Report: Emanuel administration ‘diverted’ millions of TIF dollars to Navy Pier renovations, and other Chicago news | Bleader

Monday, July 24, 2017

Report: Emanuel administration ‘diverted’ millions of TIF dollars to Navy Pier renovations, and other Chicago news

Posted By on 07.24.17 at 08:09 AM

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click to enlarge Crowds gather at Navy Pier in 2016. - LOU FOGLIA/SUN-TIMES
  • Lou Foglia/Sun-Times
  • Crowds gather at Navy Pier in 2016.

Welcome to the Reader's morning briefing for Monday, July 24, 2017.

  • Report: Emanuel administration "diverted" millions of TIF dollars to Navy Pier renovations

City officials in Mayor Rahm Emanuel's administration "signed off on an elaborate financial shell game that obscured payment of $55 million for renovations at Navy Pier with tax dollars reserved to fight urban blight, records show," according to an investigation by Crain's Chicago Business and the Better Government Association. In 2014 Emanuel's administration started filtering money from tax increment financing (TIF) funds "through a hotel project at McCormick Place, capitalizing on its Near South Side location as a rationale for tapping funds reserved for struggling communities." The investigators obtained e-mails and internal documents showing officials discussing the funding through Freedom of Information Act requests. The situation "vividly illustrates a frequent complaint that the purpose of TIF districts has been distorted by Emanuel, and Mayor Richard Daley before him, to bankroll vanity projects at the expense of schools and other neighborhood services." [Crain's Chicago Business]

  • Chris Kennedy discusses Kennedy family history with gun violence

Democratic gubernatorial candidate Chris Kennedy opened up about his family's history with gun violence while introducing policy proposals Saturday. Kennedy is the son of former U.S. senator Robert F. Kennedy and the nephew of President John F. Kennedy, who were both tragically assassinated by gunmen in the 1960s. One of the Kennedy's proposals is to add 2,000 new Chicago police officers, and he says the increased safety is worth a tax increase. "Tell that to the thousands of people who were shot last year," he said. "Tell that to the people of the families that lost a loved one. Tell that to the children who will be unproductive adults because they can't process the trauma. Tell that to the taxpayer who's going to have the burden of those families for their entire lives because we didn't pay for a few extra police officers today." [Tribune]

  • Tom Dart: Trump administration should help Chicago fight gun violence instead of sending more immigration agents

President Donald Trump's administration should be helping Chicago fight gun violence instead of sending more immigration agents, according to Cook County sheriff Tom Dart. He has sent the federal government "numerous letters" asking for help to stop the shootings. "I would really love for them to respond to that and help us in those areas," Dart said. "I don't understand how [assigning more ICE agents to Chicago] would help stem this violence. If the federal government wants to be helpful in that area, we need it." [DNAinfo Chicago]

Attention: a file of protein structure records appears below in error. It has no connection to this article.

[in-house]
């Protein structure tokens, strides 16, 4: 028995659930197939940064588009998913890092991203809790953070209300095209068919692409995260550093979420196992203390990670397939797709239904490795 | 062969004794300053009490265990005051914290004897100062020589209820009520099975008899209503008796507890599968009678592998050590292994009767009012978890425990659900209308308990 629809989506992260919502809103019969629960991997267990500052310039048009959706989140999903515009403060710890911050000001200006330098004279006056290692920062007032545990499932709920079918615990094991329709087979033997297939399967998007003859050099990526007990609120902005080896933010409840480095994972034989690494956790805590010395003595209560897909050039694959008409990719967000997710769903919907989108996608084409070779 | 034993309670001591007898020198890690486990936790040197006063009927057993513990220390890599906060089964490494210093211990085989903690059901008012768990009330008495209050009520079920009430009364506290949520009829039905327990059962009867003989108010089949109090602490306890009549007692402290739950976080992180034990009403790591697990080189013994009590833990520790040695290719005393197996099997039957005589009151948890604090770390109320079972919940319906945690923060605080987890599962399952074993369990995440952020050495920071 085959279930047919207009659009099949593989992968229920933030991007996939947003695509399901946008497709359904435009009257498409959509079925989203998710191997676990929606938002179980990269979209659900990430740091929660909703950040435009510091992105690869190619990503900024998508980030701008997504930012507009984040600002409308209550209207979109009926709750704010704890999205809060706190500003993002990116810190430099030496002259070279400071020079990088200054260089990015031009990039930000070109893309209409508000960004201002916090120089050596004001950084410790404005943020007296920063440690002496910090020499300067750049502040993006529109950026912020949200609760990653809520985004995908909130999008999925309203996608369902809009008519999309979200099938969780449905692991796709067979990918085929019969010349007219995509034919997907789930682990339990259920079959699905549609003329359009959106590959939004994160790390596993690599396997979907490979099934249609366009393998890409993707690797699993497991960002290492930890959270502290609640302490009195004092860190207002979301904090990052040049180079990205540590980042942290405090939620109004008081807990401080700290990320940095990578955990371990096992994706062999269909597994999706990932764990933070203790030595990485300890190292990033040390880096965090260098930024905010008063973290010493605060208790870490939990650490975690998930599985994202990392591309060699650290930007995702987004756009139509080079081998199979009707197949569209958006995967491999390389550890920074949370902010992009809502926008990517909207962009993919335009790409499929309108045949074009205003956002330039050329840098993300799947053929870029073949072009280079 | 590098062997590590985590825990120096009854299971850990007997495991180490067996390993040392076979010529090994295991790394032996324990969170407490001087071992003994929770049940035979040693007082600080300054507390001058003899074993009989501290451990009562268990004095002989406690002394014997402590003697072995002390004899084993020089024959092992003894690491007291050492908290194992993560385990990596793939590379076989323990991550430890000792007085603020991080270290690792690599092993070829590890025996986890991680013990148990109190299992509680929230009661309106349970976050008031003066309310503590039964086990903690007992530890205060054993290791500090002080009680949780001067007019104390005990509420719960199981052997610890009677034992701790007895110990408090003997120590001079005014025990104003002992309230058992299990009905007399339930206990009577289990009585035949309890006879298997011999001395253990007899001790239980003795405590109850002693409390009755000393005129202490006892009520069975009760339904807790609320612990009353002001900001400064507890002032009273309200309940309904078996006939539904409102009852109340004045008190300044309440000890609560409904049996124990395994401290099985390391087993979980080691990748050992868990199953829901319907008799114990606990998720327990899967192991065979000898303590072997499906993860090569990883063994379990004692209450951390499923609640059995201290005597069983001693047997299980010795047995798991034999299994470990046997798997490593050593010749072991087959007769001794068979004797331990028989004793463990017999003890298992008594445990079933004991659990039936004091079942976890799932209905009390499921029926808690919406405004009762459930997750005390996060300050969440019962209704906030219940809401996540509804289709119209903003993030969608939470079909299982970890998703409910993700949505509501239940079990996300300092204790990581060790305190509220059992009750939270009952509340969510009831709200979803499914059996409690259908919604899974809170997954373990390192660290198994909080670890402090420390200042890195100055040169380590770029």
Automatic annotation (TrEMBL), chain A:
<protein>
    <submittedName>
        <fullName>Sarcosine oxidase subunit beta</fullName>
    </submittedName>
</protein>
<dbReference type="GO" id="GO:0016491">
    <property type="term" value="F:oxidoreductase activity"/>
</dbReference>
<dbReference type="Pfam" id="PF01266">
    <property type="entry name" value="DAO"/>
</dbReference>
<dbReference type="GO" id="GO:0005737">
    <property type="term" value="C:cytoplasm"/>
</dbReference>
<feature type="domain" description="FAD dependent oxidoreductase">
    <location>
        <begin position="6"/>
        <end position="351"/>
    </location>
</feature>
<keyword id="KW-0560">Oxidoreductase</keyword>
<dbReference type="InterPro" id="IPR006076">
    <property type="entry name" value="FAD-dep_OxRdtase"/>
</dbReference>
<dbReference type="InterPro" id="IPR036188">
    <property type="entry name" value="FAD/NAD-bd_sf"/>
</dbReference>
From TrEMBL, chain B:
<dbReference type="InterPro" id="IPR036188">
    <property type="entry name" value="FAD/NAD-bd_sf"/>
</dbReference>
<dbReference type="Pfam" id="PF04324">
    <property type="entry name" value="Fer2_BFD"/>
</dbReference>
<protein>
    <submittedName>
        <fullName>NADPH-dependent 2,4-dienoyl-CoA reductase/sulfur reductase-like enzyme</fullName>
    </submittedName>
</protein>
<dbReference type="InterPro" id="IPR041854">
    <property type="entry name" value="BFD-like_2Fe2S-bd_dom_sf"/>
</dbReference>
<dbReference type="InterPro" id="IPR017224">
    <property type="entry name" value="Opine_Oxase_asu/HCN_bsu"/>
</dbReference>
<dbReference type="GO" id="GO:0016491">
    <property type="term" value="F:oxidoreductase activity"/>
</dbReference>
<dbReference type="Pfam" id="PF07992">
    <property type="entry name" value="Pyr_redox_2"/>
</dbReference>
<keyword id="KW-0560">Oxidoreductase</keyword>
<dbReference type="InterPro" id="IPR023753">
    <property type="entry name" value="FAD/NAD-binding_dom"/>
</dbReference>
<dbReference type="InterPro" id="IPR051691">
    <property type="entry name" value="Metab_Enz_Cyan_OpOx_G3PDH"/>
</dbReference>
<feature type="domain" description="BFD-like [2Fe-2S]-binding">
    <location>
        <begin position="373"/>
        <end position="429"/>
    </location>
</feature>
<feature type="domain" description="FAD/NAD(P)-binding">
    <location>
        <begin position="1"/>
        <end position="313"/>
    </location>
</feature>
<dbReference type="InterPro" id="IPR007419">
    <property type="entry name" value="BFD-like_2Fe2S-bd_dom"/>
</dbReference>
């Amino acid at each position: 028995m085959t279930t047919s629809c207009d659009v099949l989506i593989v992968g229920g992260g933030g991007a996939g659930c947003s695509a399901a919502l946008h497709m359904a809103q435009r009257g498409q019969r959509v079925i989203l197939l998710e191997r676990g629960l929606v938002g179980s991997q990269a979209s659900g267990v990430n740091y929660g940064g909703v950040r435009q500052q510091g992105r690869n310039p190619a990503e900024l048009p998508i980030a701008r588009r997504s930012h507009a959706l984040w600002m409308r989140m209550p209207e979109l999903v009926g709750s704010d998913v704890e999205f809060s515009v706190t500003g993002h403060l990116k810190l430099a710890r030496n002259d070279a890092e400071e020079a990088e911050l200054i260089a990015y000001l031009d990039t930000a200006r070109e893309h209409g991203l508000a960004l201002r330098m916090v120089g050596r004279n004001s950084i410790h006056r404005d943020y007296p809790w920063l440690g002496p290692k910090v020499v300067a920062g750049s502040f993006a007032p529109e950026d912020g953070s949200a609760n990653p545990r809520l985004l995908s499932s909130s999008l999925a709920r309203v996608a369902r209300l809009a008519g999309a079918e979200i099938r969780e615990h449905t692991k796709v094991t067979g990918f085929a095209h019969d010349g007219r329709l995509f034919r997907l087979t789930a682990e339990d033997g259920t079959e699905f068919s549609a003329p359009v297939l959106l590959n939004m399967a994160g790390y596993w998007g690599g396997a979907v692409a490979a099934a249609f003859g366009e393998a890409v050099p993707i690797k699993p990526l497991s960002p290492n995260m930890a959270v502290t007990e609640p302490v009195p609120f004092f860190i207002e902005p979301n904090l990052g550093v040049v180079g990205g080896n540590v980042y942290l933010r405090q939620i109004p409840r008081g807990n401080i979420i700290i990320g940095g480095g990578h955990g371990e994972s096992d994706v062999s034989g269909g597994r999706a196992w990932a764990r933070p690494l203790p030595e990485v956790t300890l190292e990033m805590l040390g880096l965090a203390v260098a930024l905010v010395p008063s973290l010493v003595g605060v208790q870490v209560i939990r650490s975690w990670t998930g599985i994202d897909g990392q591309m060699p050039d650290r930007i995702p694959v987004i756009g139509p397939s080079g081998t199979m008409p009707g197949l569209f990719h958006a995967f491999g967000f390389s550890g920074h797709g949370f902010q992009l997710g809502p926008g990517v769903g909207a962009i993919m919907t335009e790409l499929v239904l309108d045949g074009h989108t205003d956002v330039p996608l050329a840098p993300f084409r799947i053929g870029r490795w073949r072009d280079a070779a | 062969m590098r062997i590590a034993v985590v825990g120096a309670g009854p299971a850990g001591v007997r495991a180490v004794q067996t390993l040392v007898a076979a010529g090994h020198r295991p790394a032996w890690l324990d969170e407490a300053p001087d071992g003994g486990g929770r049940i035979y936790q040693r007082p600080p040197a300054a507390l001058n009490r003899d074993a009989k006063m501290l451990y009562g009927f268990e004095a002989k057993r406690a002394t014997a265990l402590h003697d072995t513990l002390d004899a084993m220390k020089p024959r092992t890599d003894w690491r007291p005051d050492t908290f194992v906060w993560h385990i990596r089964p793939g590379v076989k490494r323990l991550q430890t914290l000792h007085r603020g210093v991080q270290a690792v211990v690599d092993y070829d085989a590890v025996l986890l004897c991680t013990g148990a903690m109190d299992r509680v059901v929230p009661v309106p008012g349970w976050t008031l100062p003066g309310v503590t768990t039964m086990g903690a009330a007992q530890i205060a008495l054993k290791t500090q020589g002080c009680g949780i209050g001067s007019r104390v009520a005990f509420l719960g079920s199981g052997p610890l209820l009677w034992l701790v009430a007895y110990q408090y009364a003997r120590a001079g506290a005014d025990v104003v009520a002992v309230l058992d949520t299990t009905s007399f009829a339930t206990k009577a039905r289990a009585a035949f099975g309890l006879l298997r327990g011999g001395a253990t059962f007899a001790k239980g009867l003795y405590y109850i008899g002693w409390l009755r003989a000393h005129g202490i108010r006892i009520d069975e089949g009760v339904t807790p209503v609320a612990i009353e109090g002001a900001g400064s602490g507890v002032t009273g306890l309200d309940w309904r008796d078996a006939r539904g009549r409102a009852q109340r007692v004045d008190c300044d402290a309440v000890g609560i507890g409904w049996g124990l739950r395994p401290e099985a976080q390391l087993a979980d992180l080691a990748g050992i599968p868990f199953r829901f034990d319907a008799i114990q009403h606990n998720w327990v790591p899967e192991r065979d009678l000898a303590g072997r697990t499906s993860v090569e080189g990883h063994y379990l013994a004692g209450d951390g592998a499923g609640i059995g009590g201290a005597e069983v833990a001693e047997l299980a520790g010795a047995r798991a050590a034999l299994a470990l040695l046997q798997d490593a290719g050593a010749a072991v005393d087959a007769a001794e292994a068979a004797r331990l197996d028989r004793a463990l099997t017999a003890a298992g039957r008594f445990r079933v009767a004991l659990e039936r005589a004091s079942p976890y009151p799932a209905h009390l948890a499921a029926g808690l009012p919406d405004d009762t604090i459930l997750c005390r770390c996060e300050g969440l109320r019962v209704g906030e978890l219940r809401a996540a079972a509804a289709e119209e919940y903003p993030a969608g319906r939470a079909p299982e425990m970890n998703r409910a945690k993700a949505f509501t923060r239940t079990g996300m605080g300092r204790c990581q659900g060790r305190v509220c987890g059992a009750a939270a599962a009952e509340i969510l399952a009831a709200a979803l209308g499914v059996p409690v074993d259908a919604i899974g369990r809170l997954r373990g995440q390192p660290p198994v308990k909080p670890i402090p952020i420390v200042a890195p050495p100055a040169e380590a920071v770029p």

• Eyewitness describes John Dillinger's fatal shooting in vintage video

Saturday was the 83rd anniversary of notorious gangster John Dillinger's shooting death outside the Biograph Theater in Lincoln Park. DNAinfo Chicago uncovered a vintage video of Edgar Allemand, a mechanic who saw the shooting while working at Billy Bart's Garage across the street from the Biograph, describing what he saw. "It was a gruesome sight. He just dropped as cattle would in a slaughter house . . . " he said. "His shirt was bloody on both parts, back and front, with blood oozing on the streets. Dillinger had no chance ever. Just as his victims were gone before so he had found his own fate at last." [DNAinfo Chicago]

  • Vic Mensa talks gun violence, drug overdoses, and growing up on the south side

Rapper Vic Mensa is living a dream. He's a rising star signed to Jay Z's record label Roc Nation, but his life hasn't always been as easy as it might seem. The Hyde Park native, who addresses his struggles in his new album The Autobiography, discussed his upbringing on the south side in an interview with the Tribune. "We have a society right now where you can count on two things to continue—opioid ODs and Chicago violence—and I found myself in the middle of both," he said. "I fell deeply into self-medication. It numbed me. I'd be on stage in Ireland performing for thousands of people and just not believing in what I'm doing at all. And it hurt, it hurt badly. I knew every day that I couldn't continue this way. I was depressed and suicidal. I knew this was wrong for me, but I didn't see a way out." [Tribune]

  • Hundreds gather for funeral of True Blood star in Harvey

About 500 people gathered at Holy Temple Cathedral in Harvey Saturday for the funeral of True Blood and Elementary star Nelsan Ellis. Fellow actors Viola Davis, Anna Paquin, Tika Sumpter and Carrie Preston were among the mourners. "He was like my baby," Davis said in a speech. "When I saw that he was sick, I begged him to get better because I didn't want to let him go. I still don't want to let him go." The 39-year-old Harvey native attended Thornridge High School, Illinois State University, and the Juilliard School. [Sun-Times]


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